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Kimberley's Random Room Roulette # 10 - FAD Magazine

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Kimberley’s Random Room Roulette # 10

Kimberley will attempt to combine her knowledge into contrasting aspects of artistic studies: History of Art and Contemporary Art and Theory. Her challenge = to pick a room of the National Gallery, London at random and find a painting there, whether it be Gothic, Renaissance, Impressionist or Medieval in style, to analyse using contemporary theory.

Can she achieve a deeper level of interpretation? Or will such a random task disintegrate into nonsensical ramblings?? 

pieter [ “The Interior of the Grote Kerk at Haarlem”, Pieter Saenredam, 1636-7, oil on oak, 59.5 x 81.7cm, (c) National Gallery, London ]

RANDOM ROOM ROULETTE # 10 : ROOM 27 : Architectural Paintings in the Netherlands

The Interior of the Grote Kerk at Haarlem”, Pieter Saenredam, 1636-7

Room 27 acts as an optical illusion; a kaleidoscope of mass, shadow and depth. Filled with artificial space and shapes these architectural profiles employ precise perspective, illusionistic geometry and suffused light to create images that are ultimately empty. The brilliant lighting and spatial illusionism make these paintings beautiful, but also hollow; so devoid of life, individuality or personality that they become almost harrowing.

Despite being painted in the 17th century, “The Interior of the Grote Kerk at Haarlem” by Saenredam reflects the aesthetics of the Dutch-based De Stijl movement of the 1920s. De Stijl aimed to attain a utopian purification through art; a move away from the social and anthropological associations of the ‘cult of the individual’ towards a realisation of universal harmony. Perfection in clarity, precision, geometry and an autonomy of art itself led to new philosophies and architectural design that left no room for the human condition. Saenredam’s painting prefigures this notion, and the contemporary theory surrounding the De Stijl artists can be aptly applied. Painted with sobriety and clarity The Interior is disengaged from humanity, instead lending its subjectivity to architecture autonomously. This lack of direct subjectivity also alludes to abstract expressionism; a canvas void of decoration and liberated from indulgent individualism.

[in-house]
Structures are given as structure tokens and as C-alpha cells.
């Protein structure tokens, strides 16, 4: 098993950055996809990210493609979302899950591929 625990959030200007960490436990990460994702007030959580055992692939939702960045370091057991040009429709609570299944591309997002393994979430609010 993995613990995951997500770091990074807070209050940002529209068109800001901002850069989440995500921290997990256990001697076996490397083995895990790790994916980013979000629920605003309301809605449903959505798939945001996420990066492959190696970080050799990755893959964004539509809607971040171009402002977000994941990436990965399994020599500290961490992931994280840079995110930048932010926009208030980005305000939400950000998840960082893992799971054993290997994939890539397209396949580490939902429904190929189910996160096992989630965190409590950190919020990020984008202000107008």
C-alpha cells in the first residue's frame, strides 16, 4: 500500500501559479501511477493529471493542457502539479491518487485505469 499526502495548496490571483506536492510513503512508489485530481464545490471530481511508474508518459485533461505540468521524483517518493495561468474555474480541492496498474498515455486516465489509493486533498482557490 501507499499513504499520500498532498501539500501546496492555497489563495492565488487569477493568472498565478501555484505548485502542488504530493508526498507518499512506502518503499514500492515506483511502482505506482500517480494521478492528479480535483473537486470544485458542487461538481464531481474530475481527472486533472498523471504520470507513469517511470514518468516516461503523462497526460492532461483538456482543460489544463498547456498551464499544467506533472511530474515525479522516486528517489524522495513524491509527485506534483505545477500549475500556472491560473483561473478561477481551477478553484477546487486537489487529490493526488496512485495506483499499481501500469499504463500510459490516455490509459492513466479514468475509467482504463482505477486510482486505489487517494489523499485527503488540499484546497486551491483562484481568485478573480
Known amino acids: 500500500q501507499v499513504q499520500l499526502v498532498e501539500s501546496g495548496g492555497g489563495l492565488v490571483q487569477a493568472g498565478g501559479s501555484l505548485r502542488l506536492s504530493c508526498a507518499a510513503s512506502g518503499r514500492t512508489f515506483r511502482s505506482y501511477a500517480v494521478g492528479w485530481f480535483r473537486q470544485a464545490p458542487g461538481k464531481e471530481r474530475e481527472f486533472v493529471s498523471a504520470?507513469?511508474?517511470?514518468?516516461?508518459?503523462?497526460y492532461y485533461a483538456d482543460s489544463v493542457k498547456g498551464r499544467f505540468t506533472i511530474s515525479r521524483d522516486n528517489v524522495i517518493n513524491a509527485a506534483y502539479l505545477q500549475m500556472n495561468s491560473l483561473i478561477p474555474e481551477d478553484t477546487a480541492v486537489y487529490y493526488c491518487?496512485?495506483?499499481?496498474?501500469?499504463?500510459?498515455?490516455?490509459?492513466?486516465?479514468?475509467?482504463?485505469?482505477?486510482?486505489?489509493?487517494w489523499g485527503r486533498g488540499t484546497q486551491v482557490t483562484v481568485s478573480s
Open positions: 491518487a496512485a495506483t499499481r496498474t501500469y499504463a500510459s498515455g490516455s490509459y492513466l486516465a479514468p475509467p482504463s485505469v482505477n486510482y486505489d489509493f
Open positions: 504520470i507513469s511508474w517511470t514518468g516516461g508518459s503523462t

The Interior can however also be seen as representing a lack, of nodding towards the emptiness and loneliness of modernity and questioning space, reality and perception. Without any pictorial representation, the human condition is almost suggested. The pure, white architectural volumes act as a canvas onto which the viewer can project their own identity and their own perceptions of reality. The serene colour and ambience of this painting promotes private contemplation. It is not all-encompassing like the canvases of abstract expressionism, but instead induces private thought and spirituality, seconded by the painting’s religious context.

Paradoxical questions can be cited all over this image, a quality that is totally prevalent within contemporary art. Is this piece about reality or artificiality? Is it a blank canvas to project ones own thoughts or is it devoid of any human association? Does this architecture shelter and protect? Or diminish humanity? Is this empty space harrowing and lonely, or calm and inviting?

These questions, along with the physical and philosophical similarities to the De Stijl movement renders contemporary theory relevant to this image. Despite being painted almost 300 years previously the resemblances between The Interior and the white plaster of De Stijl are uncanny.

 

 

www.nationalgallery.org

 words by Kimberley Brown

 

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